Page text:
• robin says:

      Also you can get them to come to you by having an awesome toy and saying “come here!” or whatever it is you plan to say, so they know when you say “come here” it means you want them to come to you and you mean it – either it will be awesome toy or it will be hugs and kisses. It sounds like dog training but it this kind of basic behavior training kind of goes cross-species I guess? Any time when you’re out-numbered / unable to run after them!

      • futuresoccermom says:

        I always love your comments – you give the best, helpful suggestions! I already told my husband today about how when your husband got home you guys would each take a baby and go for a walk. While my daughter isn’t there yet, that’s what my son needs – someone to walk him around. I really want us to start doing this when my husband gets home. And you have other good ideas too, like pushing things (haven’t done that yet) and teaching them how to come back. Thank you so much! Keep them coming!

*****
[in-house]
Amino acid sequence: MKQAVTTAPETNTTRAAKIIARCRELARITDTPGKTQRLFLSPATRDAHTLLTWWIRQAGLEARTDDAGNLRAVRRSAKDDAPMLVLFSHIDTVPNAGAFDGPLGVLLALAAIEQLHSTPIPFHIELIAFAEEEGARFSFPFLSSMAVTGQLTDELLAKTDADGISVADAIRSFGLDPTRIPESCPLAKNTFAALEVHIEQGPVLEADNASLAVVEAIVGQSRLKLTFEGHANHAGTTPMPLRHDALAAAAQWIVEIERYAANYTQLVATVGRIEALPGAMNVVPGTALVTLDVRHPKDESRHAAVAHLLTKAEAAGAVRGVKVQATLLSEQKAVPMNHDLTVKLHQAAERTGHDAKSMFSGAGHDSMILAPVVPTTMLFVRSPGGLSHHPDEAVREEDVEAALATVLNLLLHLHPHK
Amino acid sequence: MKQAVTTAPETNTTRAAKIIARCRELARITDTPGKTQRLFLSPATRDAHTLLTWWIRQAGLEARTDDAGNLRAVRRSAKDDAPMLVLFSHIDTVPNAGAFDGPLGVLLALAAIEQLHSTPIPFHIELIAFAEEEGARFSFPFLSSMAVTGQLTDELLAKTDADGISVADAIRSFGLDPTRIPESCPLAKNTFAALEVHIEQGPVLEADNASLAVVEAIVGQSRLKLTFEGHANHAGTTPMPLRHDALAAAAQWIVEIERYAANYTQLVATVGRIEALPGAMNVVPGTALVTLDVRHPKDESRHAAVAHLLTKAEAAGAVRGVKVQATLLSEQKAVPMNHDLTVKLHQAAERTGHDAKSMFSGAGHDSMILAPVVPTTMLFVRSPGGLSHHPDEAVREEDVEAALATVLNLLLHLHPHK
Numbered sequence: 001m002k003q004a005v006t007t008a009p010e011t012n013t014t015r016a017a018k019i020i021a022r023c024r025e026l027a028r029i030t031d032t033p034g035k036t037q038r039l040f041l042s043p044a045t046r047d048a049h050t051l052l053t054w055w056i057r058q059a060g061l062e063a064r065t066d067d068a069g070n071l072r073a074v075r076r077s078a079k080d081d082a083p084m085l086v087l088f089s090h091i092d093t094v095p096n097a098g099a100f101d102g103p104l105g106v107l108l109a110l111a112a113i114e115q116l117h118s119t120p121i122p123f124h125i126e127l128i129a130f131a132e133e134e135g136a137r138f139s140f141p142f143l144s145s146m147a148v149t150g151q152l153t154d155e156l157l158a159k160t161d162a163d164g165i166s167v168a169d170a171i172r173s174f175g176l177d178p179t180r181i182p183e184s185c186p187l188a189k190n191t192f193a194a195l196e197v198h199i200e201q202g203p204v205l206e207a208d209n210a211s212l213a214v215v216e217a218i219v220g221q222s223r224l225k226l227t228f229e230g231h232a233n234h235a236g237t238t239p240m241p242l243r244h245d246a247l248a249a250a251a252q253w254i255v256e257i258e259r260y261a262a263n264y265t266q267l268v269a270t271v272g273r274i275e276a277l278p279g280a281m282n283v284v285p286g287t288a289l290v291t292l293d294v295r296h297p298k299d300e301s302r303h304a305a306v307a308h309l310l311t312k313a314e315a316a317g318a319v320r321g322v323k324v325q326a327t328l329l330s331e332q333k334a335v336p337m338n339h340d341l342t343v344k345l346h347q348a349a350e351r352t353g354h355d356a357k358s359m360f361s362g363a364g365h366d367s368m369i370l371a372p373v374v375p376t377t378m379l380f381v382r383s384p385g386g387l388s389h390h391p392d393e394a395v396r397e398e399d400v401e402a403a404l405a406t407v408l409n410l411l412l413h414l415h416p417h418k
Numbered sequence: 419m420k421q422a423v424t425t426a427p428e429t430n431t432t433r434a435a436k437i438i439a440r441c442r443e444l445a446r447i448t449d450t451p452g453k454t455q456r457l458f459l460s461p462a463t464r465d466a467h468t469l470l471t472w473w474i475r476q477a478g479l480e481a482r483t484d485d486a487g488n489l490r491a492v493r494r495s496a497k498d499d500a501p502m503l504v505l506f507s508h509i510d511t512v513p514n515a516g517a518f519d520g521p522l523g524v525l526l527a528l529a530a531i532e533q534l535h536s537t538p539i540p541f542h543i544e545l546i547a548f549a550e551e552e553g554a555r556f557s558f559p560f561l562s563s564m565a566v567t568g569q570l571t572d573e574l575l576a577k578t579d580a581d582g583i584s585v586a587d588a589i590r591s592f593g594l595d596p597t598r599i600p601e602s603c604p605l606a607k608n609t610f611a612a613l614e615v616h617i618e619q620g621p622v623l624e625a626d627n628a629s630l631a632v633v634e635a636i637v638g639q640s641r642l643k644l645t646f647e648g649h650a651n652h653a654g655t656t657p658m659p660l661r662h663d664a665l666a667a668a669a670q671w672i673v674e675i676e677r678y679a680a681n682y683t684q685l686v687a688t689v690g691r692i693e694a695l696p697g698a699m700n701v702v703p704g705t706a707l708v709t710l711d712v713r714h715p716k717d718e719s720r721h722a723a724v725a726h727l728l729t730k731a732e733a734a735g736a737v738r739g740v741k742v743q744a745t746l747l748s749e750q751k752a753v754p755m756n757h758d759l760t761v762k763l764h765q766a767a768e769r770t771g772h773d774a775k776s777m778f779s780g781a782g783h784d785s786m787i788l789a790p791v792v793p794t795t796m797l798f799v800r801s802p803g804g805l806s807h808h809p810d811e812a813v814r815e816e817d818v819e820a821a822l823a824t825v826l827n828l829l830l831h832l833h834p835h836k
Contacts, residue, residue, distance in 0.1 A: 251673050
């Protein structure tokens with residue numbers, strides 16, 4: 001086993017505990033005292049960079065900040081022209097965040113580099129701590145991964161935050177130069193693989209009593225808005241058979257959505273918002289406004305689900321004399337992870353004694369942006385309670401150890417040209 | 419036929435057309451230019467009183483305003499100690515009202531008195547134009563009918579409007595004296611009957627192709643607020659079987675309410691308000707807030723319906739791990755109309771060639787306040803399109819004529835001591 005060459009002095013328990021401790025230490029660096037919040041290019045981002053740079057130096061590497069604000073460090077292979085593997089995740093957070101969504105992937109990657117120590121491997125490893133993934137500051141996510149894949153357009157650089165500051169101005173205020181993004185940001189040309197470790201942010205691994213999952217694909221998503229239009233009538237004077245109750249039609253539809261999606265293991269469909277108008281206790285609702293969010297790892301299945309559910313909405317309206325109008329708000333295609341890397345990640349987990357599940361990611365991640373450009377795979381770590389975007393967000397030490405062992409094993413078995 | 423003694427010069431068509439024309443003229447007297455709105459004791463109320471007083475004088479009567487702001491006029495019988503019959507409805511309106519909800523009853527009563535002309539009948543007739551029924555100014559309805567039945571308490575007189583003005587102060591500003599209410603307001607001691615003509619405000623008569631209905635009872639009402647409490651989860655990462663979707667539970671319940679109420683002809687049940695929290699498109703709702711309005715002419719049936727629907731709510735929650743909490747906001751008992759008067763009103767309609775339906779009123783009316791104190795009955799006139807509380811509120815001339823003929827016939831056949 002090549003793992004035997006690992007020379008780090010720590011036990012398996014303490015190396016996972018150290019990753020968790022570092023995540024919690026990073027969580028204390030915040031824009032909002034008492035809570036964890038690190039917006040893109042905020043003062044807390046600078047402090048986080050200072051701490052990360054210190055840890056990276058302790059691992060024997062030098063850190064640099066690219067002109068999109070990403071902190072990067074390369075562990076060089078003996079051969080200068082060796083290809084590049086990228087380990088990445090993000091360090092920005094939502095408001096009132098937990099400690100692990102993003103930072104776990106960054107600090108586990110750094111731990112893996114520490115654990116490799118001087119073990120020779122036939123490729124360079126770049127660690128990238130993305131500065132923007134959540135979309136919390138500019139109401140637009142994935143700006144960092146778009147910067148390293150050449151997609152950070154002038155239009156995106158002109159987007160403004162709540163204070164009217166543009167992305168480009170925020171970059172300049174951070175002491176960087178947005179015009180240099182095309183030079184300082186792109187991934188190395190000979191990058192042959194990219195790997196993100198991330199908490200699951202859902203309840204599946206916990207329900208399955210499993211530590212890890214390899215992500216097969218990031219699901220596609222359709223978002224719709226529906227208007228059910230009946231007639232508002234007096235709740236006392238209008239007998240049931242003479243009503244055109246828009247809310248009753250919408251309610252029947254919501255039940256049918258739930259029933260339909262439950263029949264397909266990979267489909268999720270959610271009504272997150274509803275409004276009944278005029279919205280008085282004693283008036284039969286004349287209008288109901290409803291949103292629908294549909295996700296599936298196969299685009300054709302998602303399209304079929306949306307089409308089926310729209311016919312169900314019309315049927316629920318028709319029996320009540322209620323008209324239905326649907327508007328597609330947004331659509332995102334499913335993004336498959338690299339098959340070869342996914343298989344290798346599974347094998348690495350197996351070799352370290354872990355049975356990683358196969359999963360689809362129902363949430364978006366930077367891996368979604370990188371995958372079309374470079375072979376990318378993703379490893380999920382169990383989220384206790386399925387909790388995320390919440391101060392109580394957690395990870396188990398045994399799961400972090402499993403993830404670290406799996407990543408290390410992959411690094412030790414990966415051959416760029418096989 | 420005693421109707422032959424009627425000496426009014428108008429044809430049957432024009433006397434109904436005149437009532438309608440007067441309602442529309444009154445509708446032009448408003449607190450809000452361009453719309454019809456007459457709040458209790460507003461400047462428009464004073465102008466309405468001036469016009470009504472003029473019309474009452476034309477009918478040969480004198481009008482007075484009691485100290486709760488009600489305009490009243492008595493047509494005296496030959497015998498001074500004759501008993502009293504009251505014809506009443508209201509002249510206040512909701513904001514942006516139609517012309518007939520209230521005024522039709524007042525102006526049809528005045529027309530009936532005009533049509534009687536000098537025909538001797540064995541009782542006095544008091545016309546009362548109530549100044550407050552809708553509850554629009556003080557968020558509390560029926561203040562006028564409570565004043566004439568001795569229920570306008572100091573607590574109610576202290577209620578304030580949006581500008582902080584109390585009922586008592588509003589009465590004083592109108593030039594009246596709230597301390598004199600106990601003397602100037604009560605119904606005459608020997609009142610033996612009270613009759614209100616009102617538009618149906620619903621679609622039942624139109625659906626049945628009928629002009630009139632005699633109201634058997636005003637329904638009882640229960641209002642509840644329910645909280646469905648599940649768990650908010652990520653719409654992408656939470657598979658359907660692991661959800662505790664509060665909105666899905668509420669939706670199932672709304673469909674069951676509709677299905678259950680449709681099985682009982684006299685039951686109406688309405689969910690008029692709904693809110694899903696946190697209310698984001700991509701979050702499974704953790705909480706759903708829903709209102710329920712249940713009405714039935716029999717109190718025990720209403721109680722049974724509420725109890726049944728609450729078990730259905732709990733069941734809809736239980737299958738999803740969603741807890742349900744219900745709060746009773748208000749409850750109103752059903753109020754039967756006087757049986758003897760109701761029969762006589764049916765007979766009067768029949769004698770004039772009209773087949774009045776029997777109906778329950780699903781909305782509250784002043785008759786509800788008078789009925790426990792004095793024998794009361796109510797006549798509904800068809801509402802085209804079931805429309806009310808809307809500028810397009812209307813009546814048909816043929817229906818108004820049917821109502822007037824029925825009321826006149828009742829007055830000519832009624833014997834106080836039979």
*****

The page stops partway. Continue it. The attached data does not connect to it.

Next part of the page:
4. ozifrog says:

    I remember this as the “I just can’t do that ” phase. A friend wanted me to visit his farm, solo with bub, at 12 ish months old, and I just couldn’t do it. I couldn’t cope. They are so crap when they are first moving. So stupidly clumsy and annoying! Jman took steps the day before his first birthday, but he wasn’t “walking walking” til 14 months.